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Congress separated itself from anti-Sikh mob, Modi became friend of rioting 2002 mob: Time

By Our Representative
The "Time" magazine, which is making headlines for calling Prime Minister Narendra Modi "divider in chief", is surprisingly soft on the Congress for the party's alleged participation in the 1984 anti-Sikh riots.
Pointing out that the country has "a long history of politically instigated sectarian riots, most notably the killing of at least 2,733 Sikhs in the streets of Delhi after the 1984 assassination of Indira Gandhi by her Sikh bodyguards", the top journal states, "The Congress leadership, though hardly blameless, was able, even through the selective profession of secular ideals, to separate itself from the actions of the mob."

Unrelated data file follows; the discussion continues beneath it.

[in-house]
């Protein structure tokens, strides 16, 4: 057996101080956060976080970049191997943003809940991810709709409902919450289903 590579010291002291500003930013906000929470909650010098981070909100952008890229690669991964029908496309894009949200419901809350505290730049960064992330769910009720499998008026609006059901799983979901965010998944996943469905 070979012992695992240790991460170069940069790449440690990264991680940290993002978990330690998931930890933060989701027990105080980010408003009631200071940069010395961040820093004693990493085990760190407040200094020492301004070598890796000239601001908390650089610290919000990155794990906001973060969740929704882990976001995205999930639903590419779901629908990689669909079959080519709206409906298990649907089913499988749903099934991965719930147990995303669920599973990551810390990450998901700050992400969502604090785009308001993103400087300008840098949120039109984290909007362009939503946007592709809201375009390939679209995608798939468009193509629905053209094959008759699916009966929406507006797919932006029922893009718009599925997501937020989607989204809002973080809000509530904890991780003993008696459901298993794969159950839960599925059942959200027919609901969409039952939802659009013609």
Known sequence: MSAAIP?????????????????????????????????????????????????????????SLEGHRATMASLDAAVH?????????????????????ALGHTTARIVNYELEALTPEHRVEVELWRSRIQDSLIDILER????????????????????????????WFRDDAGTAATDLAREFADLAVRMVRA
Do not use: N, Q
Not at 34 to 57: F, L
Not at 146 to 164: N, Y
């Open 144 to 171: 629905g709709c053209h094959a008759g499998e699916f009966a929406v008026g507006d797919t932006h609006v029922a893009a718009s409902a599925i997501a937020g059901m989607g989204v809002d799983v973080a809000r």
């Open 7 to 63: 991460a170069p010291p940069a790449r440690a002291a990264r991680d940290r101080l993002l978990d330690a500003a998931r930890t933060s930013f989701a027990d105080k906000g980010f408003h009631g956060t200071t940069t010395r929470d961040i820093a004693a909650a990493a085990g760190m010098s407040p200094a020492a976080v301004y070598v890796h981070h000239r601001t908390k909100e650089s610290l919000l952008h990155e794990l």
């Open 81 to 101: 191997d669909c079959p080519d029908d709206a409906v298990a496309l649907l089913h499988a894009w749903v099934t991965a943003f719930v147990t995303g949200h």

On the other hand, according to "Time", "Modi, by his deafening silences after more recent atrocities, such as the killing of more than 1,000 people, mostly Muslims, in his home state of Gujarat in 2002, proved himself a friend of the mob."
The weekly states, Modi "made one yearn for the hypocrisies of the past, for, as Aldous Huxley writes, at least 'the political hypocrite admits the existence of values higher than those of immediate national, party or economic interest'."
"Modi", it adds, "Without offering an alternative moral compass, rubbished the standards India had, and made all moral judgment seem subject to conditions of class and culture warfare."

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